I’m sorry to announce the death of the San Leandro Patch. No, you don’t need to rush and click on the link to see if it’s disappeared. It’s still there. My guess is it will still be there for a few more months. Can’t tell you how many, August would not be an unrealistic date for its final demise, but it’ll surely be gone (at least for all intents and purposes) by the end of the year. My guess is Jill Replogle, the local editor, is already looking for a new job. Journalism jobs are very hard to find, specially in this economy, but at least three of her Patch editor colleagues from this immediate area have already jumped ship and found work elsewhere. She’ll find something. She doesn’t have a choice.
I’m sad. The Patch was (is) great while it lasted: it provided us with a forum where to bitch about what’s wrong in San Leandro, meet new friends and discuss ever more esoteric topics. My knowledge of Catholic sexual doctrine and the value of various educational degrees has improved dramatically since I googled these topics for Patch discussions. Yeah, the Patch never was what it promised it’d be: “hyper-local journalism”, but it was something. Hopefully, something good (perhaps a site like Berkeleyside) will arise from its ashes. It’ll be up to us.
We knew that the Patch was a failed concept even before it came to town. The Business Insider did the math, it’s just impossible for a site like Patch to support itself on advertisement alone, even if it actually managed to sell advertisement. AOL was never very clear on how it planned to monetized the Patch. Some thought local merchants would be willing to pay premium rates, but it’s not realistic that the Patch would attract the same quantity of readers that a local rag like the San Leandro Times enjoys. So far the Patch has only convinced two local merchants (one, part of a chain which I suspect may have a nationwide advertisement agreement) to advertise on the San Leandro Patch. Ideas like “groupon“-type coupons were considered, but they haven’t materialized so I imagine there hasn’t been enough local interest either. Without the readership, they’re hard sells. At least one writer believes that the Patch’s value is on its business directory, a virtual yellow pages online. But the directory is badly designed and not user-friendly. Few local merchants and customers have added their takes on the businesses.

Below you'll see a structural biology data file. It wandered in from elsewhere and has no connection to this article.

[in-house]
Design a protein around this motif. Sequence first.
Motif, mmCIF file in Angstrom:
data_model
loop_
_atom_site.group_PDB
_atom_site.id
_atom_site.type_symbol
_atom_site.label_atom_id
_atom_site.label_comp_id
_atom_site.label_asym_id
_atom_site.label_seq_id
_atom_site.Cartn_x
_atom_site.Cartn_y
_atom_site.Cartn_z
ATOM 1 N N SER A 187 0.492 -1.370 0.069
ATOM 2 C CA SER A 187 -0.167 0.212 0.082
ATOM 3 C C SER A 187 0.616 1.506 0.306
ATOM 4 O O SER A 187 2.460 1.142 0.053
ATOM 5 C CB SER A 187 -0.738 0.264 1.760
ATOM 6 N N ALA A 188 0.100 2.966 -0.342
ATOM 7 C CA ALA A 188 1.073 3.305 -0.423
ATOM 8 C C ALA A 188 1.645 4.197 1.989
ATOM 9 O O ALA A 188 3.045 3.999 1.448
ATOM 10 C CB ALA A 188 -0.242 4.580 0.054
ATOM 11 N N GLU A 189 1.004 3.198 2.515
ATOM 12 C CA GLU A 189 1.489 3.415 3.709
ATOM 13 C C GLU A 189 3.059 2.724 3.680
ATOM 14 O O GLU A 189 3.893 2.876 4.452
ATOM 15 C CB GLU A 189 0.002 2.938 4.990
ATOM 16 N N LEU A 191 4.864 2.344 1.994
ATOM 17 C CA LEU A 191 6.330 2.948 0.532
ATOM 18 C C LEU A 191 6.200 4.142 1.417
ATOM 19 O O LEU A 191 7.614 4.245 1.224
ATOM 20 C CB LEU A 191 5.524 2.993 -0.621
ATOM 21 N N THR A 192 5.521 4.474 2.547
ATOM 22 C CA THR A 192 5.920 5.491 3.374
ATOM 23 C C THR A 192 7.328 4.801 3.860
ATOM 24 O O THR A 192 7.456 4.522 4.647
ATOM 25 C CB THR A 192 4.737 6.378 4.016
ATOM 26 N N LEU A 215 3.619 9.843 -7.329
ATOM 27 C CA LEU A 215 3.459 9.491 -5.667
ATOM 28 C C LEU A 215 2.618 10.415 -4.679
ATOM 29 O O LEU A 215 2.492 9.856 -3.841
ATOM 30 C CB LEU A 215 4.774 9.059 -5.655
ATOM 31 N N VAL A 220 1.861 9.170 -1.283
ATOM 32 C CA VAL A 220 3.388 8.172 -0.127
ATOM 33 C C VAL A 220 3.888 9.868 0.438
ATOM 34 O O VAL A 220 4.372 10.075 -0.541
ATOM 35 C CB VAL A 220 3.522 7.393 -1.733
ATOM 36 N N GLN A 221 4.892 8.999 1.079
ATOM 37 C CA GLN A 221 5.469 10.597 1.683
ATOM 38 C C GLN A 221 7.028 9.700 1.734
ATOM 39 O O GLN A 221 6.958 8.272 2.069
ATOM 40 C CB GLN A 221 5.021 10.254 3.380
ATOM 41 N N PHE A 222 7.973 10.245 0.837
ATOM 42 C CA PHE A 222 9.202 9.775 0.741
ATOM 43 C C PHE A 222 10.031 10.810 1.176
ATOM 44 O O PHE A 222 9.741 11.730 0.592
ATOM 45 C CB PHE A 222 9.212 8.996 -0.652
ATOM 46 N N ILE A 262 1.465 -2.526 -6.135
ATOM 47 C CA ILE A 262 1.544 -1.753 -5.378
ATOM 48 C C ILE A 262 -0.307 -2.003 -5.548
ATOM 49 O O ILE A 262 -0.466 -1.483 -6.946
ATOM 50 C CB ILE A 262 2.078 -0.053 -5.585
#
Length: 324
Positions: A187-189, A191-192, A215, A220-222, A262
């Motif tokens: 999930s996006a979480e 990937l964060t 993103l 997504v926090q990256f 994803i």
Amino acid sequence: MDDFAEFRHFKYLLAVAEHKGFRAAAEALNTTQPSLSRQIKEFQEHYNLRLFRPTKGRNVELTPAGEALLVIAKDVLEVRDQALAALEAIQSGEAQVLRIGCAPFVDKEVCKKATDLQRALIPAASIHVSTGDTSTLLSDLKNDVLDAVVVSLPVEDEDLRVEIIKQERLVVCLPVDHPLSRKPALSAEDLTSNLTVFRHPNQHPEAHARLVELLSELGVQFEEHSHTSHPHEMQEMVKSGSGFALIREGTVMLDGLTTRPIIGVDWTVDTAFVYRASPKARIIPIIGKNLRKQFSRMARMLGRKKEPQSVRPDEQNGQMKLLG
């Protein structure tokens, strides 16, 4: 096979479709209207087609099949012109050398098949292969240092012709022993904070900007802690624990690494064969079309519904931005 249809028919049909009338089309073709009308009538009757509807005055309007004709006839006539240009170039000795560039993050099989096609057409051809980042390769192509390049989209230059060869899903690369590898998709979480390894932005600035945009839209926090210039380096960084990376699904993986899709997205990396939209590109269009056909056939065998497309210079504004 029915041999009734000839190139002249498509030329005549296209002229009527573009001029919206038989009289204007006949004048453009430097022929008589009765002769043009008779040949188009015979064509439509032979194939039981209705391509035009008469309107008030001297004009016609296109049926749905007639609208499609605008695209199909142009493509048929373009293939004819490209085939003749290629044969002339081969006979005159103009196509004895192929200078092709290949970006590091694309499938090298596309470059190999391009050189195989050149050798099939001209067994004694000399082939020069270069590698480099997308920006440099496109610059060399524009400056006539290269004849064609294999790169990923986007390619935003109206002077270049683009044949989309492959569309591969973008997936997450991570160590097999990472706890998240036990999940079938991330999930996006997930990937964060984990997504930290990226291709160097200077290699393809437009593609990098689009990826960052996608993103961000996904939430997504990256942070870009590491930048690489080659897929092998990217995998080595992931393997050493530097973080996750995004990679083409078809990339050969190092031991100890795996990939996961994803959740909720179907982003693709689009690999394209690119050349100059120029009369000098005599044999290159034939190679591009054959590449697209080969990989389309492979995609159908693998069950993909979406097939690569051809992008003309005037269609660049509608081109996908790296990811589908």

Perhaps, if pursued with enough intensity, some of these “local revenue” ideas would have worked out – but sometime around the end of last year AOL lost faith. It decided to go in a new direction and buy the Huffington Post. It paid $315 Million for a site that boasted almost 28 million monthly unique visitors and that had just become profitable. As part of the deal, Ariana Huffington was put in charge of AOL’s media business, including the Patch.
AOL has been heavily bleeding money on its media investments. Patch, in particular, has been expensive. From January 2010 to April 2011, AOL lost $115 Million on the Patch, and the figure may rise to $175 Million by the end of the year. Revenue has been too small to make a dent. AOL and Huffington are getting impatient and they’re trying to cut the bleeding. By far, their greatest costs are the salaries of their journalists. Each Patch’s started with one editor and a number of freelancers who together produced about three local stories a day. Not great quality stories, but stories. But at $50-$150 a pop those stories were too expensive. Around the time the Huffington Post was acquired, AOL started cutting freelance budgets. While Huffington later announced that Patch would be hiring as many as 800 extra journalists – about one per Patch -, most of those jobs never materialized.